William A. Mitchell Invented All Your Favorite Trashy Food

“How does this man not have a Nobel Peace Prize?”

~Our Official Statement Regarding William A. Mitchell

william a mitchell

America is a nation of innovation. We gave the world smart phones, microwave ovens, lasers, the internet, and the secret recipe for Coca-Cola. Not only that, we’re a nation that encourages invention. We all grew up listening to stories of Thomas Edison (though, unfortunately, he turned out to be a massive dick who once killed an elephant in order to make his rival look bad), Alexander Graham Bell, and even George Washington Carver who literally became a household name because he invented a lot of ways to use a fucking peanut. Which is why it’s frankly shocking to us that not everyone in the United States knows the works of William A. Mitchell, the food chemist for the General Foods Corporation who invented so many products that we adore today. We don’t want to give too much away, but let’s just say that this is the guy responsible for both Tang and Pop Rocks. We don’t use the hero too often around here (actually we use it all the fucking time), but those two inventions alone are enough to classify William A. Mitchell.

So we’re going to go ahead and make sure you always remember the name of the most prolific food chemist of the 20th century.

William A. Mitchell Invented All Your Favorite Trashy Food

tang and stuff

William A. Mitchell was born into a world demanding quick, easy-to-make meals that could last through a nuclear winter, which was actually a thing that people were worrying about pretty much constantly at the time. Entering the world on October 21, 1911 in Raymond, Minnesota through a chemical process known as “birth,” he grew up working on his father’s farm. When his father passed away early in his childhood, his family moved to the town of Rocky Ford, where an eight-year-old Mitchell could be seen harvesting crops for local farmers. By his teenage years, he was sleeping two hours a day while attending high school by day and working with sugar crystallization tanks for the American Sugar Beet company at nights. William A. Mitchell was one of the few people who could get away with one of those “you youths today have it so easy, back in my day…” speeches.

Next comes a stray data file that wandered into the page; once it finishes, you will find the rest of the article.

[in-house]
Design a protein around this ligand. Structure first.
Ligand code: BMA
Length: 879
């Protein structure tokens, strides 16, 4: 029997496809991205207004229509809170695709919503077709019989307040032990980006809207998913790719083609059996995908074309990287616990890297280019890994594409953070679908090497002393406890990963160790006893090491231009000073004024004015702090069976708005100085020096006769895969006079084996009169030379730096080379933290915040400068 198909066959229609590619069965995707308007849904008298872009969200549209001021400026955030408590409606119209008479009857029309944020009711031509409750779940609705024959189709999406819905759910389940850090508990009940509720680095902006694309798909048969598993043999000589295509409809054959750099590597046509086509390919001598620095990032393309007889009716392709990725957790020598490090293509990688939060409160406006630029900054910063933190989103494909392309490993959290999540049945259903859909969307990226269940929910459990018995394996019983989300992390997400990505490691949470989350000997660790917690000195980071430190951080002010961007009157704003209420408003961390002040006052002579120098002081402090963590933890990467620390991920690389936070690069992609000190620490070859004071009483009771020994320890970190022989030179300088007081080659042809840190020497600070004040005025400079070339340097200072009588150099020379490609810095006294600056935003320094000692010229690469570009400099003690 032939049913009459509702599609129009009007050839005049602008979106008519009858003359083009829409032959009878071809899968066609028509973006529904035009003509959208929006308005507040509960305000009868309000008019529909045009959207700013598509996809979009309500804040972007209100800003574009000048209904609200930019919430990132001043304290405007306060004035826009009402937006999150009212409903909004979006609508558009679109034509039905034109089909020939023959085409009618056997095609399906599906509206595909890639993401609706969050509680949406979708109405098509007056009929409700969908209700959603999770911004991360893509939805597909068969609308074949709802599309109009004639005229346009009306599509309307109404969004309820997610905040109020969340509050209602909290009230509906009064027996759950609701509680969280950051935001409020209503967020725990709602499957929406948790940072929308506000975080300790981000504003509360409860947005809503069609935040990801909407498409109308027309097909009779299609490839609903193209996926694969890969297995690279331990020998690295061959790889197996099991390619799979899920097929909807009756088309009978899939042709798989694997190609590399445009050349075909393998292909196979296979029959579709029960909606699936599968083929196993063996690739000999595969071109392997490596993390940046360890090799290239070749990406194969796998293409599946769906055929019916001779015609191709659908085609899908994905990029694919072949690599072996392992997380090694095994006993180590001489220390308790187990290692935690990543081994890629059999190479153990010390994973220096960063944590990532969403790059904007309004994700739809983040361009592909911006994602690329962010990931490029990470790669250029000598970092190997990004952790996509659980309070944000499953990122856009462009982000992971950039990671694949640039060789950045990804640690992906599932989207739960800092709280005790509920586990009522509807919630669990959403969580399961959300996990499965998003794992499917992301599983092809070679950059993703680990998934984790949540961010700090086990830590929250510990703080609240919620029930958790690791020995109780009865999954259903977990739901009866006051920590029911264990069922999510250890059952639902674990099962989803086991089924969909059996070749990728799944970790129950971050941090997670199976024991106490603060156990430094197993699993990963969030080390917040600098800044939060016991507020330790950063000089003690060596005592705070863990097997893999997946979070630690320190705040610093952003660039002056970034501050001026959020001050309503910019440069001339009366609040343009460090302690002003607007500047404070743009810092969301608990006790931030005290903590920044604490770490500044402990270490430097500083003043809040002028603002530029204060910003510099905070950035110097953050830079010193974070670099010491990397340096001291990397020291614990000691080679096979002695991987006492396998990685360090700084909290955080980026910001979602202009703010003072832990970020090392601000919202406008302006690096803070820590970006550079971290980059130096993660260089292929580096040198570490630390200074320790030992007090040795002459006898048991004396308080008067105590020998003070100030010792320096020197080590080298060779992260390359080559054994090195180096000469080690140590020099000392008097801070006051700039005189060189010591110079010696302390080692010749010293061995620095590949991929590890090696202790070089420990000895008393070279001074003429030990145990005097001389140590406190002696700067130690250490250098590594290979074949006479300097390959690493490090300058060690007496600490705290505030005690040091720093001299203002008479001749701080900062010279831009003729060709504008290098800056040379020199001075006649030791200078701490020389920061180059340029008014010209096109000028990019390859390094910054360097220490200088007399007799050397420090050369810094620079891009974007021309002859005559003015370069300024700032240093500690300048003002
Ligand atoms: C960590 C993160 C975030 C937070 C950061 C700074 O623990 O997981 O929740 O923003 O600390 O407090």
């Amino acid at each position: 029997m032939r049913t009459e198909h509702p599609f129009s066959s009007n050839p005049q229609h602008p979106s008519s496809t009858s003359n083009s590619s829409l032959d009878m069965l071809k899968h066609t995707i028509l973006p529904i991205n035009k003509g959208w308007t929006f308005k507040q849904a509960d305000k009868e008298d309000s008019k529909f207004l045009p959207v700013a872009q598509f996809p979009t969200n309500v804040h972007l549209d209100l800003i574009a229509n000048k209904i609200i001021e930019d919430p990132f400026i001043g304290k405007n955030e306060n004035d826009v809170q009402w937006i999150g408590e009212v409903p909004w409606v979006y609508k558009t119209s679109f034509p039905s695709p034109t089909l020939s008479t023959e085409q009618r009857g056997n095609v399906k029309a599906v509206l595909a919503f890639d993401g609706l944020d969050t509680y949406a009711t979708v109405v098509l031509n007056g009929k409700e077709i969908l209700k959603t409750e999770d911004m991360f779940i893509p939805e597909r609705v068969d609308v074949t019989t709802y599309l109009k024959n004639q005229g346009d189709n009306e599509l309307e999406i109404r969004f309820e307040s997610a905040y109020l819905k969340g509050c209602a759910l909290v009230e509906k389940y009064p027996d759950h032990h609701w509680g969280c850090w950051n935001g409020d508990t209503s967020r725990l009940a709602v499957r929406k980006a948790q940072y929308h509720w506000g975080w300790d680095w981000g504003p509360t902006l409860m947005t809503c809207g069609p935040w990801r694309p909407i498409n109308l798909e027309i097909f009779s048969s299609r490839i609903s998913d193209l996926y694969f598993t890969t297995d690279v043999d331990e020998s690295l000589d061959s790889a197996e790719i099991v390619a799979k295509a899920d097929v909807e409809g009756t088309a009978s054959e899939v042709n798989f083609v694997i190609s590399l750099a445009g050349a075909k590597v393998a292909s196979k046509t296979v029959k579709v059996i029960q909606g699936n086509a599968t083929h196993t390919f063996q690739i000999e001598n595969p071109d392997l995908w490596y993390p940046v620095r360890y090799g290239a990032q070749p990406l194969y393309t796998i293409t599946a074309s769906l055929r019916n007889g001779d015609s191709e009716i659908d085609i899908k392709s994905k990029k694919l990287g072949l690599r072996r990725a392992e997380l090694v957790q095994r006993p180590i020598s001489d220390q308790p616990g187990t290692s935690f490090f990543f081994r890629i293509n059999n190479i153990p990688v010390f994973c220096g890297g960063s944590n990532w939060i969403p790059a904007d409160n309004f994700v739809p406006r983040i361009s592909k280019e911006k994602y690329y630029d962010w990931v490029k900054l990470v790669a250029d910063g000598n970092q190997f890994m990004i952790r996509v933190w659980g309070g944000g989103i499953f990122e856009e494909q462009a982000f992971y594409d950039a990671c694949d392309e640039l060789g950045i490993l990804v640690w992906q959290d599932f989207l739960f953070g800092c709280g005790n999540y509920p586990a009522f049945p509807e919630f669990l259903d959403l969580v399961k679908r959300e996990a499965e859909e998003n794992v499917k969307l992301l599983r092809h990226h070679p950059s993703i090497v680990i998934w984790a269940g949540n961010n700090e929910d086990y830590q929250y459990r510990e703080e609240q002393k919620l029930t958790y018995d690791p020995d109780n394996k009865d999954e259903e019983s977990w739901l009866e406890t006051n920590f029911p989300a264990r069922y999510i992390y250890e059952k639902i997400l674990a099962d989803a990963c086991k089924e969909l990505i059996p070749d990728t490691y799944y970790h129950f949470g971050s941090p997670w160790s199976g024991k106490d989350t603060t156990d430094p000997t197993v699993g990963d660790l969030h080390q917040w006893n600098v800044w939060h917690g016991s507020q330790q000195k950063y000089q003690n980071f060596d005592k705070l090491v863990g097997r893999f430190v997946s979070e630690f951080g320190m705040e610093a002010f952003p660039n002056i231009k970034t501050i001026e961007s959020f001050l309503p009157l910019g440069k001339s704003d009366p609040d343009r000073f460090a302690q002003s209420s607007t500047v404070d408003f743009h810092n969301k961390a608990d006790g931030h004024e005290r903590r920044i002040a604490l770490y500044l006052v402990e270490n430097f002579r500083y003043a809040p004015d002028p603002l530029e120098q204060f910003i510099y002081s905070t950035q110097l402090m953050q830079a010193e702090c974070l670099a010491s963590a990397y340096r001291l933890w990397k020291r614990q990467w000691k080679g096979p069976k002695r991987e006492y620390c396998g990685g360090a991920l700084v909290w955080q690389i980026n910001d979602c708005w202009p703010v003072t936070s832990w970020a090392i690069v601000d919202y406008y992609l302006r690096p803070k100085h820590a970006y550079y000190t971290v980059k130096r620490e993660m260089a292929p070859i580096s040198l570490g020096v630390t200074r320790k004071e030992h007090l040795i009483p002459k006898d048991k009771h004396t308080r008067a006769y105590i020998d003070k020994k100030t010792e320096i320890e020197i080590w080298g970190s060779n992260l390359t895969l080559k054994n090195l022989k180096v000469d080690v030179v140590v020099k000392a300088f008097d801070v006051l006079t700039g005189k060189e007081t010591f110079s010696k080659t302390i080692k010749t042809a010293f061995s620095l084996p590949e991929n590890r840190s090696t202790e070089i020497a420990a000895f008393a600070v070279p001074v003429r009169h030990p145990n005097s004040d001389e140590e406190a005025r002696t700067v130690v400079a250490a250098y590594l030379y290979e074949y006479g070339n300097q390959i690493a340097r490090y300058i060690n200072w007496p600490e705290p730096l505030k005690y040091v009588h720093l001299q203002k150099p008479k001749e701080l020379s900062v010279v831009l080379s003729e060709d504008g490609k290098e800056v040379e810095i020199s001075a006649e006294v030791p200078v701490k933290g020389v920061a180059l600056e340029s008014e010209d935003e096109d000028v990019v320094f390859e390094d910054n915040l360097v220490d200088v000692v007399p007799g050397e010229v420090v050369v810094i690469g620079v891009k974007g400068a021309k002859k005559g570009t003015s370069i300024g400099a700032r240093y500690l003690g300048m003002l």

He worked as a carpenter to put himself through college, attending Cotner College in Lincoln, before going to the University of Nebraska for a master’s in Chemistry. Once he got his degree, he began working with the Agricultural Experiment Station in Lincoln. Now, we all have had a lot of bad first jobs after school. Some people have to take jobs in fast food, or at coffee shops, just to pay the bills. But once again, old Billy Mitchell has you all beat as far as shitty first jobs go—while working at the Experiment Station, the lab exploded, leaving Mitchell with second- and third-degree burns over most of his body.

That’s right, William A. Mitchell basically has a superhero origin story.

hulk

Wait, a scientist who was caught in a horrific explosion while working? Where have we seen that before…

Mitchell recovered from his injuries (and, again we can’t discount this, possibly gained superpowers) before going to work for General Foods in 1941. One of his first hits with the company was a tapioca substitute for troops fighting in World War II—tapioca comes from cassava, and with cassava pretty hard to ship in what with the whole “global war” thing, soldiers weren’t able to get tapioca, which apparently was something that bothered people in the days before Doritos. Mitchell’s tapioca substitute, a combination of gelatin and various starches, was known as “Mitchell’s mud” on the front lines, and apparently was way more complicated to synthesize than you’d imagine. But that was just a preamble. The 1950s and 1960s would bring some of his most important contributions to American society.

First, in 1956, Mitchell was attempting to create an instant carbonated drink by mixing sugar and water with pressurized carbon dioxide, where he encountered an unexpected result. The end product, a series of small sugared crystals, retained the carbon dioxide and would snap, pop and fizzle when exposed to water. Pop Rocks, and literally a million articles on the internet reminding us that Little Mikey from the Life cereal commercials did not die from eating Pop Rocks with Coca-Cola, were born.